Scratching the surface: A look at flea prevention and treatments

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Dr. Anna Dunton-Gallagher
OFF THE LEASH

Fleas, fleas, fleas! Flea season is fully underway, though, believe it or not, it will get worse in a couple months. This is the time to make sure that your pet is up to date on prevention. It is much easier to prevent than to treat a flea infestation.

Heartworm prevention should still be going on. Heartworms are carried by mosquitos, so if you don’t do it for 12 months you must at least do it while we have mosquitos. There are different varieties of heartworm prevention, but they all work similarly. They work to kill any juvenile heartworms in the bloodstream before they can mature and develop in the heart. Most of these are one pill, once a month, though there are a few versions that you can put on the skin on the back of the neck. These need to be given every 30 days through at least mosquito season to prevent heartworms.

Almost all flea control is paired with tick control, especially for dogs. The good thing is that since they are both things we want to avoid, pairing them is one less step for us.

Collars

Collars should be a veterinary brand, as they have extensive testing. Often, what money you save getting “cheap” collars is outweighed by their poor performance. Most of the veterinary collars last between six and eight months. This can even fluctuate slightly between dogs, based on their lifestyle. Collars work well and often also help repel ticks. Some collars are safe for dogs and cats, while others are dogs only, so make sure you check with your veterinarian. Collars need to be very snug fitting in order to work, so if you are unsure of how they are fitting, check in at your vet. This is especially important for our fluffy pets, since we need it to contact the skin.

Chewables

There are several types of four-week chewables and one 12-week chewable. These are given with a meal. These kill the tick when it bites the pet, but do not repel ticks. Ideally, the tick will die before they transmit disease, but in some cases, they can transmit faster (like with a disease called Anaplasmosis.) The good news is that Lyme disease takes at least 24 hours to transmit, and these will kill the tick before that amount of time.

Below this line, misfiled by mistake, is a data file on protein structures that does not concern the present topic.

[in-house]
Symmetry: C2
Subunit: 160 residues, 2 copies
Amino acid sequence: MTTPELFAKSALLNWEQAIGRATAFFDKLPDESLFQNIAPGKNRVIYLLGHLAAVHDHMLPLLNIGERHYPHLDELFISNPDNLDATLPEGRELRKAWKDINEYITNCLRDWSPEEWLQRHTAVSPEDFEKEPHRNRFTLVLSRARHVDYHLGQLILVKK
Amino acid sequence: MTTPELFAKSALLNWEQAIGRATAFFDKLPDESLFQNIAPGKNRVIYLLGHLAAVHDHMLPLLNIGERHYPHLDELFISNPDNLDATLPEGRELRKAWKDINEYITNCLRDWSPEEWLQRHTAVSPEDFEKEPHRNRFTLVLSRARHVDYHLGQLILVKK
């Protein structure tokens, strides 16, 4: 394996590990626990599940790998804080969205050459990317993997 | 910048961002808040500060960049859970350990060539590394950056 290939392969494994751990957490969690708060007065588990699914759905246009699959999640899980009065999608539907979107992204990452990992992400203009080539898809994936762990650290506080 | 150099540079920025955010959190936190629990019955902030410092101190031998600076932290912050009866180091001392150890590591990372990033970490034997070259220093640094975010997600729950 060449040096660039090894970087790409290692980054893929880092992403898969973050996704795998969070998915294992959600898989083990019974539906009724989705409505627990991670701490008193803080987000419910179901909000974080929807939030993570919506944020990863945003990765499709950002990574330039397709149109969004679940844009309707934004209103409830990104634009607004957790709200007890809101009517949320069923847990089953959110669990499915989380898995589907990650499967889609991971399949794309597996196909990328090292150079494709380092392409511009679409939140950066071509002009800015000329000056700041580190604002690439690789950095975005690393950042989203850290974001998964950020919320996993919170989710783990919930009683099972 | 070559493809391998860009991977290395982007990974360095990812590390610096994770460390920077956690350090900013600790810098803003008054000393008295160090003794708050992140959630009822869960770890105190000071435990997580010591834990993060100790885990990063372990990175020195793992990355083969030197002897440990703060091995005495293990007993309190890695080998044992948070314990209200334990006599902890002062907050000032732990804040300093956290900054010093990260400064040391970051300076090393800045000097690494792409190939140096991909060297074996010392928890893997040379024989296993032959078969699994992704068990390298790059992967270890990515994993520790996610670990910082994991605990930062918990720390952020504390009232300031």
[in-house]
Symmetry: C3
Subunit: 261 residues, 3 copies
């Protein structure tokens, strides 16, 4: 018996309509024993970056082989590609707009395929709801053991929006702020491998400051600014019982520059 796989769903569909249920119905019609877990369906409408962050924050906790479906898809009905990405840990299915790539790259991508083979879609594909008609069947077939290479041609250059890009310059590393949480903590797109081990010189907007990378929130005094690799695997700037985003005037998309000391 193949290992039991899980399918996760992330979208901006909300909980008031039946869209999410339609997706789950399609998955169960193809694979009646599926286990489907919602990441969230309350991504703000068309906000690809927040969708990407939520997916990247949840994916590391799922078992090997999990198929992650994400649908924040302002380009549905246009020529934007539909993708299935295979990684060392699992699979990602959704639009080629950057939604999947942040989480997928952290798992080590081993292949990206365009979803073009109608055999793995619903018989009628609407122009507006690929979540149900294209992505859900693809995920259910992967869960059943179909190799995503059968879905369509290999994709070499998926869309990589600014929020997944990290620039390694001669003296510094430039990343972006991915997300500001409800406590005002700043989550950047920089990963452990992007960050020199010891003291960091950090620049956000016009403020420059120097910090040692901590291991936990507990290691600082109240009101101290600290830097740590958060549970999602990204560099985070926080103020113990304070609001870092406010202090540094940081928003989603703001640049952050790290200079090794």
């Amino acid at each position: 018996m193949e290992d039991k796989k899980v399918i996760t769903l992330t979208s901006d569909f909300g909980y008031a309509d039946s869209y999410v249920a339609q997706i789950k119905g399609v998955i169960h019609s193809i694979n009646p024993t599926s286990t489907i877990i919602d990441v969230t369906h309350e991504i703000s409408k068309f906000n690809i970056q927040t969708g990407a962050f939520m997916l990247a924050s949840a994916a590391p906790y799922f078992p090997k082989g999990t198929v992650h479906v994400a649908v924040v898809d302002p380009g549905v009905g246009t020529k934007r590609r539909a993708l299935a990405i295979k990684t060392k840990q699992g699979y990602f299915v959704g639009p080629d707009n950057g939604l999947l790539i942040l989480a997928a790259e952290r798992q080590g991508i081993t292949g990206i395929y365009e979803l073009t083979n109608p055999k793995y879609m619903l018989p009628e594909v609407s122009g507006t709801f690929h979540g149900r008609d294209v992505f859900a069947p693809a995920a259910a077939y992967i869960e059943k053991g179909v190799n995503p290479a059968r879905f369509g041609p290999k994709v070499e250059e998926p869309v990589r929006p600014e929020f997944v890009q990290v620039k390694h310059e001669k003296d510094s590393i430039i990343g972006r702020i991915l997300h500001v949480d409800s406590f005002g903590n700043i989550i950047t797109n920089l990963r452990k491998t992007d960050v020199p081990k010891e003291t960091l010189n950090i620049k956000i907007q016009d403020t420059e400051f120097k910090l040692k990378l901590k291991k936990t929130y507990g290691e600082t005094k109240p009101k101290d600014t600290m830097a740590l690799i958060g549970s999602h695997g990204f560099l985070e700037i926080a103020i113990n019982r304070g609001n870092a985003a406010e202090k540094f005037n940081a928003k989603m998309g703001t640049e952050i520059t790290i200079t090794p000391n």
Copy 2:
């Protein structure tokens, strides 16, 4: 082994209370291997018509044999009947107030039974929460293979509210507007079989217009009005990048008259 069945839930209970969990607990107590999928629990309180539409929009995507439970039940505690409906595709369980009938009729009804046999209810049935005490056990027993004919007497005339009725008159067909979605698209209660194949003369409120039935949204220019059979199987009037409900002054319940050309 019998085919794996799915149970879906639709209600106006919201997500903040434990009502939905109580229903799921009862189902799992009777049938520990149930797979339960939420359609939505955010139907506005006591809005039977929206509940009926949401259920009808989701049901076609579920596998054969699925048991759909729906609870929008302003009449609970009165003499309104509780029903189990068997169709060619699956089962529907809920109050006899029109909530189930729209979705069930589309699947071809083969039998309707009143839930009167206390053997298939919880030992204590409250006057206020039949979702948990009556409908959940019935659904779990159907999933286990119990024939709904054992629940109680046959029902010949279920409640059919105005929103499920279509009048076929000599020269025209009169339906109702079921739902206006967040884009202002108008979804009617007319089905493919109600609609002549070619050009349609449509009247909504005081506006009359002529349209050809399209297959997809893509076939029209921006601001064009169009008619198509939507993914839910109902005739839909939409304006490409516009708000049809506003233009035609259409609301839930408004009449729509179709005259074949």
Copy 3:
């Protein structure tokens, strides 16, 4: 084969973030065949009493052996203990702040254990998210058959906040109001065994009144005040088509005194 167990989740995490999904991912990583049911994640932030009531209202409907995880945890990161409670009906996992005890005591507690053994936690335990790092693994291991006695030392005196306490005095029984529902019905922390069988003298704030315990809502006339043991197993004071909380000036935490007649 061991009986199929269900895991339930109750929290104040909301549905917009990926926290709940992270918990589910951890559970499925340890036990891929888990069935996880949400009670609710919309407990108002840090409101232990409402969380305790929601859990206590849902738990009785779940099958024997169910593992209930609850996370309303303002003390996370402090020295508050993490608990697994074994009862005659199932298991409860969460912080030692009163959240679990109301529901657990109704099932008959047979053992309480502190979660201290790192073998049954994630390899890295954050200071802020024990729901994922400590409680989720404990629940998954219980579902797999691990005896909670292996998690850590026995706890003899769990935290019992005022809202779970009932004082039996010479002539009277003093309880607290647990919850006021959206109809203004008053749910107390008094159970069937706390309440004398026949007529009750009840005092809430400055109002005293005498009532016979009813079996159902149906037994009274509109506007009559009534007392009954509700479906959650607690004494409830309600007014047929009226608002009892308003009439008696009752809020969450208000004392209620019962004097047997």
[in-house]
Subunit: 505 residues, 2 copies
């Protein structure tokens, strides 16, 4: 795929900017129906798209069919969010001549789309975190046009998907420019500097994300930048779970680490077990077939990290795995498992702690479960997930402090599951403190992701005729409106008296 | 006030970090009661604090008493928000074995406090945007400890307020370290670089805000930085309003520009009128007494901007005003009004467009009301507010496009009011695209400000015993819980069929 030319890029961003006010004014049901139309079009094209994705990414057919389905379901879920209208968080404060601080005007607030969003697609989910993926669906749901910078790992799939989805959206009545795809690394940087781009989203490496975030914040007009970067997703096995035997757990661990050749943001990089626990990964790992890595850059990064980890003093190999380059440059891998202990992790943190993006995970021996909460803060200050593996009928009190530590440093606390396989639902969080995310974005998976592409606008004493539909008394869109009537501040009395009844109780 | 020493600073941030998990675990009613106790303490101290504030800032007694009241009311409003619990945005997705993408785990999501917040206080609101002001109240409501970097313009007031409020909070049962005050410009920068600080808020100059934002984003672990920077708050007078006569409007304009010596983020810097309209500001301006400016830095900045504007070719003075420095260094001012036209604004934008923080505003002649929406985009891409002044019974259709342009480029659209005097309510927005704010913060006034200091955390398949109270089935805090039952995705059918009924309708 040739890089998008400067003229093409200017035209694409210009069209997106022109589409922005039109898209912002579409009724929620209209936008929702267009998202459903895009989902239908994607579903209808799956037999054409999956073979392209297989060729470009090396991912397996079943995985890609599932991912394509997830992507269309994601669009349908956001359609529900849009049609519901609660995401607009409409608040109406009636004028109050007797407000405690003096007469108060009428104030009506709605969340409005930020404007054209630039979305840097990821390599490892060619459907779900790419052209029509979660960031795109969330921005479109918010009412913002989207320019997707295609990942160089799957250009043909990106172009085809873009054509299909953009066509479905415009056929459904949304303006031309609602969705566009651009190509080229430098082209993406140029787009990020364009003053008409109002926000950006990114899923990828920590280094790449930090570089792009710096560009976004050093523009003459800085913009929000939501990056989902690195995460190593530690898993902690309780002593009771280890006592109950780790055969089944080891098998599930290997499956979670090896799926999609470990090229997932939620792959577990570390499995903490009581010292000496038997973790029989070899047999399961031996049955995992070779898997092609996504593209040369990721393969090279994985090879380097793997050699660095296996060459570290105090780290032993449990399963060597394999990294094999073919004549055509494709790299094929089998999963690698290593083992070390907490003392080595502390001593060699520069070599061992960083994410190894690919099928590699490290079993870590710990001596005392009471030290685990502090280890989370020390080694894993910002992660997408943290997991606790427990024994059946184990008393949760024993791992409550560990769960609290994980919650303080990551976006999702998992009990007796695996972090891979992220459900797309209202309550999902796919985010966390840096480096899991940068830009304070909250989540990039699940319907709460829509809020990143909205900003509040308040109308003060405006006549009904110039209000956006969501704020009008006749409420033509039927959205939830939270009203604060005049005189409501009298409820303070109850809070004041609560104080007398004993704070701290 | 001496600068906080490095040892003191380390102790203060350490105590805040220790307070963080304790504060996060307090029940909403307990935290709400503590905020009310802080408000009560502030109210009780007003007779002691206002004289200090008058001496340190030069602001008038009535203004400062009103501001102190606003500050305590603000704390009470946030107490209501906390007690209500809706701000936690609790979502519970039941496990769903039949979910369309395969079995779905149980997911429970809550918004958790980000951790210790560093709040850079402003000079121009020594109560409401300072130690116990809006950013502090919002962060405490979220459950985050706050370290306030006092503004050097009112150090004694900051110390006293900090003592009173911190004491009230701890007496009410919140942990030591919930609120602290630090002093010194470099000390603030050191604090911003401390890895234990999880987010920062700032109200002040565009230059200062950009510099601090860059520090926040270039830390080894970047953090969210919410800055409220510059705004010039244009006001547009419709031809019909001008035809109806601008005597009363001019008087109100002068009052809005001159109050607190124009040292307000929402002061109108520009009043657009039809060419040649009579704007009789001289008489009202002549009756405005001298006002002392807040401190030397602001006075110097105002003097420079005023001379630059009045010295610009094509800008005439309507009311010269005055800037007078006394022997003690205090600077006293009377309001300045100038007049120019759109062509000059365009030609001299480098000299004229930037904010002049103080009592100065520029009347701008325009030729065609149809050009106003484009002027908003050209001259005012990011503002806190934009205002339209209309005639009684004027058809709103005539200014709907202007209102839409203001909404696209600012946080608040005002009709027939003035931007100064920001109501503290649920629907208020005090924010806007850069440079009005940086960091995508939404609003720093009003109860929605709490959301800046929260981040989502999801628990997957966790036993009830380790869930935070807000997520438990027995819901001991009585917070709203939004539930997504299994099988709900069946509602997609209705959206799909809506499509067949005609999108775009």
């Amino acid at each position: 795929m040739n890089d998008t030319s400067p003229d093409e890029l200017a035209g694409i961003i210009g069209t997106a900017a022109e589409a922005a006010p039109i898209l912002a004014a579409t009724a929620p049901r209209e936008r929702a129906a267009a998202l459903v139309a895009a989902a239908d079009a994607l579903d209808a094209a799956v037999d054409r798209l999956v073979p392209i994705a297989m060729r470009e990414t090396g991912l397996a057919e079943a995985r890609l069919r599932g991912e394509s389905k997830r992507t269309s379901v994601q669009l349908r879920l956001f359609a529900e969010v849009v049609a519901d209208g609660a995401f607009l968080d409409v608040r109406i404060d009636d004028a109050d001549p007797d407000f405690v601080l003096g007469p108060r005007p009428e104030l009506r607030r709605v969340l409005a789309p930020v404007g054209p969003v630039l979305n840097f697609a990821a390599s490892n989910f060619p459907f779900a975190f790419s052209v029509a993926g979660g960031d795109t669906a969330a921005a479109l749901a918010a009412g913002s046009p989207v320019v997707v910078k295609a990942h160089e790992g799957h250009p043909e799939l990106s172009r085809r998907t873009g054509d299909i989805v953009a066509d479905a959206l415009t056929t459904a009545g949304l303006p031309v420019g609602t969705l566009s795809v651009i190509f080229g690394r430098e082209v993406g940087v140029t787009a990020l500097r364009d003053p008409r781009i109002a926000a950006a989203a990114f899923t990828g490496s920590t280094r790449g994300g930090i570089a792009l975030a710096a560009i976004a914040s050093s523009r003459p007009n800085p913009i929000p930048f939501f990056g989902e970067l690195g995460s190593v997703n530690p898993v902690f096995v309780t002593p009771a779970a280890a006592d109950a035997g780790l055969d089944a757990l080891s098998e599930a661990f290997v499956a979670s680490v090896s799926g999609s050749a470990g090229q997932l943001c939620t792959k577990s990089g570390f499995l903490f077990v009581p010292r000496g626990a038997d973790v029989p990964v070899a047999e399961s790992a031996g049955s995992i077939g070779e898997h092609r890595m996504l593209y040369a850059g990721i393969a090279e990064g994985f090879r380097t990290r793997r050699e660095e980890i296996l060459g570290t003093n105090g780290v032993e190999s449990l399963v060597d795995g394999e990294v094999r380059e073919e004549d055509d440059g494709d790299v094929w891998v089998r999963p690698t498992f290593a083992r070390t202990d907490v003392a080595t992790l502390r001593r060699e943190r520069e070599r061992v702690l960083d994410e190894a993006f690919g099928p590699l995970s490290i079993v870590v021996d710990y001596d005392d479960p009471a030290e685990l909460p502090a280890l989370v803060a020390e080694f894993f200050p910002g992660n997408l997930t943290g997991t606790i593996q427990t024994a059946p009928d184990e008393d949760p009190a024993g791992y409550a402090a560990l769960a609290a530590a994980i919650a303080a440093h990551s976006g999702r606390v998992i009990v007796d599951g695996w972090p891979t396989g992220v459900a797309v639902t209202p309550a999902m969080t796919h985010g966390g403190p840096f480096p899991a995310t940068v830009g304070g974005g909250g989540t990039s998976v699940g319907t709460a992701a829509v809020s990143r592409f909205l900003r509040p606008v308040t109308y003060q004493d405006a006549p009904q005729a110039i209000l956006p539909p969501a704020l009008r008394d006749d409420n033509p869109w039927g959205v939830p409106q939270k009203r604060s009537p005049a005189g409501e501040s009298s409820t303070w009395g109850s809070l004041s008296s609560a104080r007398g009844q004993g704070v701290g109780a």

While you do lose some repellency with these products, you don’t need to worry about them falling off, getting washed off, or other pets coming into contact with them. Some people like the monthly because they can remember it more easily, while others love the 12-week because you get longer stretches without having to treat. Both types work very well. I have heard some myths about the 12-week being “three times as toxic” since it lasts three times longer, but that logic is flawed. The molecules simply work differently, so that they release over a longer period.

Additionally, you would give one of that type versus three of the others, so it all evens out in the end! I encourage people to make this decision based on their ease of scheduling, since all other factors are about equal.

Topicals

Topical treatments are the liquid medications that go on the back of the neck under the hair. There are a lot of different types, but all work against fleas and ticks. Certain brands have better effectiveness against mosquitos and flies. These are the tried-and-true products, and work well. My only caution is that pets must have the product dry before swimming/washing and should not lick it off (themselves or others!) It is also ideal for humans not to pet the spot where this was applied until it has dried, which can be a more difficult concept for children sometimes. Most of these last for four weeks, though there is a topical product for cats and dogs that also lasts for 12 weeks.

The main thing to know is that once fleas are in your house, you have at least three months of torturous cleaning, sterilizing and treating your pet before you can even hope for a resolution. Pets that have flea allergies only need ONE flea bite to break out in a vicious cycle of itching. This then requires anti-itching medicine, antibiotics and flea treatment at the minimum.

The specific decisions are best gone over with your veterinarian, as they can help you assess your pet’s risk factors. Flea prevention is not as “one size fits all” as heartworm prevention, so it may require some investigation into pet lifestyle. No matter what you choose, make sure they get something and have it on board now.

Dr. Anna Dunton-Gallagher

Dr. Anna Dunton-Gallagher is a veterinarian at All Points Animal Care in Rutland. Have a question on this or any animal health topic? E-MAIL: petdocanna@gmail.com

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